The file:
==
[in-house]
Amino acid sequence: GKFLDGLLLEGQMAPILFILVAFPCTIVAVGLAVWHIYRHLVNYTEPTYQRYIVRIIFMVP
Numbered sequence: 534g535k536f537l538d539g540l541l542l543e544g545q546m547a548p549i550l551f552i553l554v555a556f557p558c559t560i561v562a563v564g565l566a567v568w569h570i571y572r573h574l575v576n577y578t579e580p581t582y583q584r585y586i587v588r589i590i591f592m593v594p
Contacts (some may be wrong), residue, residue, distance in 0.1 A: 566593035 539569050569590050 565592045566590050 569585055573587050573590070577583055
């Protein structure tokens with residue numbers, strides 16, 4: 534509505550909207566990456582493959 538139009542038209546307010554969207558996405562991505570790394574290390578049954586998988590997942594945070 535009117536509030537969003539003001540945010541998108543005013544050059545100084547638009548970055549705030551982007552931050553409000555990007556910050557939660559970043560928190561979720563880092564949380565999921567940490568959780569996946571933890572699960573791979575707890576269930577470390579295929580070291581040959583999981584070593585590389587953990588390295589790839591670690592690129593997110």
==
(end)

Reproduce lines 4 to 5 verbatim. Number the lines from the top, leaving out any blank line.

Contacts (some may be wrong), residue, residue, distance in 0.1 A: 566593035 539569050569590050 565592045566590050 569585055573587050573590070577583055
């Protein structure tokens with residue numbers, strides 16, 4: 534509505550909207566990456582493959 538139009542038209546307010554969207558996405562991505570790394574290390578049954586998988590997942594945070 535009117536509030537969003539003001540945010541998108543005013544050059545100084547638009548970055549705030551982007552931050553409000555990007556910050557939660559970043560928190561979720563880092564949380565999921567940490568959780569996946571933890572699960573791979575707890576269930577470390579295929580070291581040959583999981584070593585590389587953990588390295589790839591670690592690129593997110």